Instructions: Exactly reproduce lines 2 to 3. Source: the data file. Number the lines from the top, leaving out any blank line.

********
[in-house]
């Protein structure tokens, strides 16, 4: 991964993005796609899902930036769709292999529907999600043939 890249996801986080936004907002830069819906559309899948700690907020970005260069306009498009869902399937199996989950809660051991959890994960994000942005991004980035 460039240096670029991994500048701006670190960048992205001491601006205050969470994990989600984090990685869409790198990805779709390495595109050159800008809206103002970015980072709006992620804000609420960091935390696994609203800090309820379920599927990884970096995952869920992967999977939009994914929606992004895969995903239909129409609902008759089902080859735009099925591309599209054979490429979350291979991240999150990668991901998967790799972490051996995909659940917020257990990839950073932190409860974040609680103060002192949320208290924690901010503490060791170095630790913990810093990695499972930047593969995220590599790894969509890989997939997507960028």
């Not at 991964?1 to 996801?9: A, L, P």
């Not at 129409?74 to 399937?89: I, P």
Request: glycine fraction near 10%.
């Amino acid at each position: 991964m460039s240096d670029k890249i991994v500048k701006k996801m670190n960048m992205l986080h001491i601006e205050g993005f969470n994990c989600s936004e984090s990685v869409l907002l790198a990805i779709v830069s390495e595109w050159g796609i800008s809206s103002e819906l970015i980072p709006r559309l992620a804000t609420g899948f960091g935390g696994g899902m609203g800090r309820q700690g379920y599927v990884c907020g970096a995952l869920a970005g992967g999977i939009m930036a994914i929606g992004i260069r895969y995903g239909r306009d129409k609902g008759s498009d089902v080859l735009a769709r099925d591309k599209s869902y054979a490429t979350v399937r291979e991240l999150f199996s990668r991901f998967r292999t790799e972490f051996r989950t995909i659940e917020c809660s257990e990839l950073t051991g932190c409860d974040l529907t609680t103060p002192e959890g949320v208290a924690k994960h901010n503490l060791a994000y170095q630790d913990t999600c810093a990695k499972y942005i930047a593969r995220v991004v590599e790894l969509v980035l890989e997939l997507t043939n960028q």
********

């Protein structure tokens, strides 16, 4: 991964993005796609899902930036769709292999529907999600043939 890249996801986080936004907002830069819906559309899948700690907020970005260069306009498009869902399937199996989950809660051991959890994960994000942005991004980035 460039240096670029991994500048701006670190960048992205001491601006205050969470994990989600984090990685869409790198990805779709390495595109050159800008809206103002970015980072709006992620804000609420960091935390696994609203800090309820379920599927990884970096995952869920992967999977939009994914929606992004895969995903239909129409609902008759089902080859735009099925591309599209054979490429979350291979991240999150990668991901998967790799972490051996995909659940917020257990990839950073932190409860974040609680103060002192949320208290924690901010503490060791170095630790913990810093990695499972930047593969995220590599790894969509890989997939997507960028």
């Not at 991964?1 to 996801?9: A, L, P």